You may have heard about “Running Snail”, a team of German university students building an electric race car as a school project – we blogged about them last year. Now they’re at it again, they will build a new car for the 2017/18 competitive season, and of course Percepio will continue to sponsor the team with licenses for Tracealyzer, our tool for runtime visualization of RTOS-based systems. After all, we love cool technical projects just as much as you do.
The Running Snail car of 2017 is packed with four engines and a large Lithium-Polymer cell battery. It also has, and this is where things get really interesting from a Percepio perspective, nine STM32 microcontrollers from ST Microelectronics (both STM32F4 and STM32F302) running FreeRTOS and handling everything from motor control and sensor reading to radio communication and the dashboard. The team is using Tracealyzer in innovative ways to find out what’s happening inside those microcontrollers.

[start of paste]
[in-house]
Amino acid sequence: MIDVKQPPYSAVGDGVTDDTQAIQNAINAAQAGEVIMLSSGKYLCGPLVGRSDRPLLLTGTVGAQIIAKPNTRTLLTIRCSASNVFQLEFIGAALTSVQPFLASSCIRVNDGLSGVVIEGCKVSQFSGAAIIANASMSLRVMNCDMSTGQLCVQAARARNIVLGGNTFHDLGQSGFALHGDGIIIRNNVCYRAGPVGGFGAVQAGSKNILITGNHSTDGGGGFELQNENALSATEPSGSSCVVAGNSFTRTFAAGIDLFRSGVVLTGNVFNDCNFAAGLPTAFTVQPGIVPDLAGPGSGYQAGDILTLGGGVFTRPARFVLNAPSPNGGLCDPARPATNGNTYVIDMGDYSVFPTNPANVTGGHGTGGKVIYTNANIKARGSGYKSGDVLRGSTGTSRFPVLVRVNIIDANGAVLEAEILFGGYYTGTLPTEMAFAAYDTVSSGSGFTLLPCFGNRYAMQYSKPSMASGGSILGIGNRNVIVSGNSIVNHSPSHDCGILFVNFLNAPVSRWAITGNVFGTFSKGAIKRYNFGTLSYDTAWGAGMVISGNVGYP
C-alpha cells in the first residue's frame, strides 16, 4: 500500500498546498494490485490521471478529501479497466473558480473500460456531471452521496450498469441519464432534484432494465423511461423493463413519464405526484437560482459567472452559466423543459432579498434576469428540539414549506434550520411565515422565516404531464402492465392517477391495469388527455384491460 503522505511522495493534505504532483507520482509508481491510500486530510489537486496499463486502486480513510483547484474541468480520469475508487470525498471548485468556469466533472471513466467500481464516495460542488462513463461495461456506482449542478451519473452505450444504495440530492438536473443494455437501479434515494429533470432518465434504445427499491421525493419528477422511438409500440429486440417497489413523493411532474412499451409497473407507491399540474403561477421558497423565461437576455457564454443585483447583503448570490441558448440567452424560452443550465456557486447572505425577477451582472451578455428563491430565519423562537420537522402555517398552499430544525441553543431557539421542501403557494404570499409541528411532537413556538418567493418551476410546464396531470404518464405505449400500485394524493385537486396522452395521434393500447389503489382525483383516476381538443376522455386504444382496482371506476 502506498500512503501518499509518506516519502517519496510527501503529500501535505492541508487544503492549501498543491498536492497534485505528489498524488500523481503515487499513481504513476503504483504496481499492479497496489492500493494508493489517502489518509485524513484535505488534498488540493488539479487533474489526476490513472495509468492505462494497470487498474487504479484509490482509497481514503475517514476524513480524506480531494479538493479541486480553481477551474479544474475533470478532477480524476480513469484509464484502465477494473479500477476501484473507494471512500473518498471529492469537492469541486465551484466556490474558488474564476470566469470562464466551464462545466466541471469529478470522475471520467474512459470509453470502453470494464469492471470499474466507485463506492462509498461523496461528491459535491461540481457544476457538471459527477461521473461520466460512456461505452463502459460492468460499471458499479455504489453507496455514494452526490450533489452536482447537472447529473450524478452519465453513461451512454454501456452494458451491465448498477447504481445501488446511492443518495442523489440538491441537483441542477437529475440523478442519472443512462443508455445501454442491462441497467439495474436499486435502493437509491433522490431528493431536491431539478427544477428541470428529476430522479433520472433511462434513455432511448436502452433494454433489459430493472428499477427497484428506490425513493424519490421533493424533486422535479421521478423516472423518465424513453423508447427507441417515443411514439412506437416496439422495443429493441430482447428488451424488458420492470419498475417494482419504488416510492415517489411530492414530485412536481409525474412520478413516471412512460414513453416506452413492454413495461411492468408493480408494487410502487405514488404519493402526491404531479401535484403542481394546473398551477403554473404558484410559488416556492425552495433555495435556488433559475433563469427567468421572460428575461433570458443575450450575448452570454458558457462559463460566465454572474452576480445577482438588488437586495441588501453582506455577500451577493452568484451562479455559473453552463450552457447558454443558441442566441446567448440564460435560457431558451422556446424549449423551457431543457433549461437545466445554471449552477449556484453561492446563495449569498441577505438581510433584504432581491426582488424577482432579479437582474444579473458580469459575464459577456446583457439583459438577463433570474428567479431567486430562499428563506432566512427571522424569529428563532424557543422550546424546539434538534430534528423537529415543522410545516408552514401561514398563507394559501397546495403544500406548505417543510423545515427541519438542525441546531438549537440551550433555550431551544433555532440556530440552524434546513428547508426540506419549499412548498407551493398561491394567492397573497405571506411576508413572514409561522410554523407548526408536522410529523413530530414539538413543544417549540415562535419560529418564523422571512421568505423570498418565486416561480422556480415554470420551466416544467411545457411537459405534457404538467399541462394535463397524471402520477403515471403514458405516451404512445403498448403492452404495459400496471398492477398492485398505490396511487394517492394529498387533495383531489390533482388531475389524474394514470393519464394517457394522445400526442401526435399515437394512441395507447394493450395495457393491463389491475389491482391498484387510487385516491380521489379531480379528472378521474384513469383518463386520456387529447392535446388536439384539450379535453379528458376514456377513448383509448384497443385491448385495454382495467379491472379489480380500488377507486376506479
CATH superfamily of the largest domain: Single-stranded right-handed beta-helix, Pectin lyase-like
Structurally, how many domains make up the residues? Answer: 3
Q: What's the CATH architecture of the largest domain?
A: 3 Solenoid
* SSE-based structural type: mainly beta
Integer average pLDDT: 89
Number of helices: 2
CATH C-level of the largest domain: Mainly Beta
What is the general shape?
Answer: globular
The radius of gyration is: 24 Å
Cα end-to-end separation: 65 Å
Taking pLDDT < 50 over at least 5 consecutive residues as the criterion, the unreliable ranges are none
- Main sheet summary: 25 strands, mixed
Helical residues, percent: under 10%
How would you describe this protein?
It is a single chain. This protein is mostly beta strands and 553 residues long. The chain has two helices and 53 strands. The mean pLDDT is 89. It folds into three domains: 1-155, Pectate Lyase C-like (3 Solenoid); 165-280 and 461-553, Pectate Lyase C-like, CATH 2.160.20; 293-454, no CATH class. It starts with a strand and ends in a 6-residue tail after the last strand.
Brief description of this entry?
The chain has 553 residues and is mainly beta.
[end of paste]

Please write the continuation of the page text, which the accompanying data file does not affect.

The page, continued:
Measure execution times
– The first thing we always use Tracealyzer for is to measure the execution times of all tasks. That could be done with hardware timers, but would take much more time, and we would not have the advanced possibilities like the CPU load view. We then optimize the frequencies of the cyclic tasks. This is important e.g. for our traction control, where a high execution frequency is a big advantage. With Tracealyzer, we can find the best period to have not too much CPU load but still react as fast as possible, says Simon Ott, software developer with the team.
Another hard-to-find issue, a controller that seemingly forgot about one of its tasks but not until the system had been turned on for a few hours, was resolved with the help of Tracealyzer’s streaming trace mode which permits recording very long traces.
Compete in August
The Formula Student competition was founded in 1981 by the US Society of Automotive Engineers. In 1999, Europe caught up, pioneered by Formula Student UK in Silverstone and followed by events all over Europe and the whole world. The goal of this yearly event is to let students work in teams on a relatively large project, in order to prepare them for future challenges working at a company. The first competitive event of the 2017 season will be in August.
The team scored some impressive results during the last season and we wish them good luck with the coming season!